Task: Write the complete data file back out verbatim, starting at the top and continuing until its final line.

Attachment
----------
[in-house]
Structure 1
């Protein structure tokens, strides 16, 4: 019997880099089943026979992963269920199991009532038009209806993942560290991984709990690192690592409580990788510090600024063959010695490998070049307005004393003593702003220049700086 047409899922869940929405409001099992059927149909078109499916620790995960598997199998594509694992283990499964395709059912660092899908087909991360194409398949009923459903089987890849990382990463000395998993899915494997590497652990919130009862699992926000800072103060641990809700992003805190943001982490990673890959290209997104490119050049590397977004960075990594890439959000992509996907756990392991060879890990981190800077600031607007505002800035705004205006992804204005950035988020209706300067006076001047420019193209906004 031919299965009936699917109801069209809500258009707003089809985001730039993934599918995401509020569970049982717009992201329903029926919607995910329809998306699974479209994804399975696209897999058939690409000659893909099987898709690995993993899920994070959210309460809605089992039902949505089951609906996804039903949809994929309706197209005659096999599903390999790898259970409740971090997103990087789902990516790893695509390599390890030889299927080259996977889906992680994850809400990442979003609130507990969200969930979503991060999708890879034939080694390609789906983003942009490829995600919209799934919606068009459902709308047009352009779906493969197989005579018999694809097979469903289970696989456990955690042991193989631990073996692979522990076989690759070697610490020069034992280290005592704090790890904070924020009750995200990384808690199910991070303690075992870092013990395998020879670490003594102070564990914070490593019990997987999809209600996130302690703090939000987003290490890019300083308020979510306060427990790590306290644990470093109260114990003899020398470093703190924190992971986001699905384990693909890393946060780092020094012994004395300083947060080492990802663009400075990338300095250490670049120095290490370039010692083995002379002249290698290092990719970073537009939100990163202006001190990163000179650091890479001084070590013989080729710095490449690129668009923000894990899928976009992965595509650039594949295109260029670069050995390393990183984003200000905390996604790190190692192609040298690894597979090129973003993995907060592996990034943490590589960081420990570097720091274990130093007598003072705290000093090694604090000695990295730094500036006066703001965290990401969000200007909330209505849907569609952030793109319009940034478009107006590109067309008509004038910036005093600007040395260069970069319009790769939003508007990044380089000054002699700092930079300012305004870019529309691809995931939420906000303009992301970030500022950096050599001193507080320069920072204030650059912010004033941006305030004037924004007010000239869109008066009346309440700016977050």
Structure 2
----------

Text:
[in-house]
Structure 1
């Protein structure tokens, strides 16, 4: 019997880099089943026979992963269920199991009532038009209806993942560290991984709990690192690592409580990788510090600024063959010695490998070049307005004393003593702003220049700086 047409899922869940929405409001099992059927149909078109499916620790995960598997199998594509694992283990499964395709059912660092899908087909991360194409398949009923459903089987890849990382990463000395998993899915494997590497652990919130009862699992926000800072103060641990809700992003805190943001982490990673890959290209997104490119050049590397977004960075990594890439959000992509996907756990392991060879890990981190800077600031607007505002800035705004205006992804204005950035988020209706300067006076001047420019193209906004 031919299965009936699917109801069209809500258009707003089809985001730039993934599918995401509020569970049982717009992201329903029926919607995910329809998306699974479209994804399975696209897999058939690409000659893909099987898709690995993993899920994070959210309460809605089992039902949505089951609906996804039903949809994929309706197209005659096999599903390999790898259970409740971090997103990087789902990516790893695509390599390890030889299927080259996977889906992680994850809400990442979003609130507990969200969930979503991060999708890879034939080694390609789906983003942009490829995600919209799934919606068009459902709308047009352009779906493969197989005579018999694809097979469903289970696989456990955690042991193989631990073996692979522990076989690759070697610490020069034992280290005592704090790890904070924020009750995200990384808690199910991070303690075992870092013990395998020879670490003594102070564990914070490593019990997987999809209600996130302690703090939000987003290490890019300083308020979510306060427990790590306290644990470093109260114990003899020398470093703190924190992971986001699905384990693909890393946060780092020094012994004395300083947060080492990802663009400075990338300095250490670049120095290490370039010692083995002379002249290698290092990719970073537009939100990163202006001190990163000179650091890479001084070590013989080729710095490449690129668009923000894990899928976009992965595509650039594949295109260029670069050995390393990183984003200000905390996604790190190692192609040298690894597979090129973003993995907060592996990034943490590589960081420990570097720091274990130093007598003072705290000093090694604090000695990295730094500036006066703001965290990401969000200007909330209505849907569609952030793109319009940034478009107006590109067309008509004038910036005093600007040395260069970069319009790769939003508007990044380089000054002699700092930079300012305004870019529309691809995931939420906000303009992301970030500022950096050599001193507080320069920072204030650059912010004033941006305030004037924004007010000239869109008066009346309440700016977050």
Structure 2